The case for a living wage

Protesters across the country are joining the “Fight for $15” movement, demanding a living wage for fast-food workers. With cities such as Seattle putting plans in motion for a $15/hour minimum wage, these demands are not far-fetched. The current federal minimum wage is $7.25; in New York, it is $8.00. In Irondequoit, New York, protesters are demanding a $15 minimum wage.

The minimum wage was originally created to protect workers by guaranteeing them a minimum standard of living. Today, this is not the case.

McDonald’s has a hotline to help employees sign up for food stamps and welfare and the hotline specifically encourages full-time employees to sign up for public assistance. A minimum wage—which ought to be a living wage—would not put increasingly productive full-time workers below the poverty line and on public assistance.

The minimum wage in NY is set to increase to $9.00 by 2016, but that is not enough. The Center for Economic Policy & Research found that if minimum wage had kept up with inflation, it would have been $9.22 in 2012. If minimum wage had kept up with worker productivity, it would have been $21.72/hour.

For comparison, the Economic Policy Institute found that CEO compensation––adjusted for inflation––had increased 937 percent from 1978 to 2013 as compared to a 10.2 percent increase in the typical worker.

Corporations can take steps to ensure that their employees—especially those working full-time—receive a living wage, many of which can learn something from Starbucks. When the company raised prices by 1 percent last year, they still saw a 25 percent increase in profit.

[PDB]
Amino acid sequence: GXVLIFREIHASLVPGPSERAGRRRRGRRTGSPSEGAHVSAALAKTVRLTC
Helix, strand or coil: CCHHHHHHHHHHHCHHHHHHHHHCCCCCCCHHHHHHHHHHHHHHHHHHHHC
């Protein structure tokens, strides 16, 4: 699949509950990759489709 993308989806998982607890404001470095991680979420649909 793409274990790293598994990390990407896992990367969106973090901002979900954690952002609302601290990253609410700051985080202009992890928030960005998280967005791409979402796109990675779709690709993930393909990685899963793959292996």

Likewise, a group of professional economists supported a Florida proposal to raise the minimum wage to $10.50, estimating that fast food business costs would rise by approximately 2.7 percent.

To put this in perspective, McDonald’s could cover more than half of these extra costs by raising the price of a Big Mac from $4.00 to a reasonable $4.05.

In light of this, we must end the falsehood that young adults can someday laugh in the faces of their less intelligent peers working at McDonalds; CNN Money reported that 260,000 college graduates were working minimum wage jobs in 2013.

Whether or not those working minimum-wage jobs are underemployed does not undermine the fact that the minimum wage as it stands, is not a living wage.

Concerns about raising the minimum wage are not meritless. It is for this reason that cities like Seattle plan to incorporate a higher minimum wage over several years. Critics should note that a recent study by the Center for Economic Policy and Research found that job creation was faster in states that raised the minimum wage in January 2014.

The continued devaluation of service work is not an incentive for young adults to do better or aim higher; it is harmful rhetoric that reinforces the belief that service workers do not deserve a living wage. This group is increasingly comprised of adults who must feed their families and pay their bills, not high school students who are looking for extra money.

A call for a living wage on a federal or corporate level is not a sign of laziness, entitlement or incompetence. It is a reflection of inflating corporate salaries, state negligence to adjust the minimum wage for productivity and inflation and an increasingly devalued working class.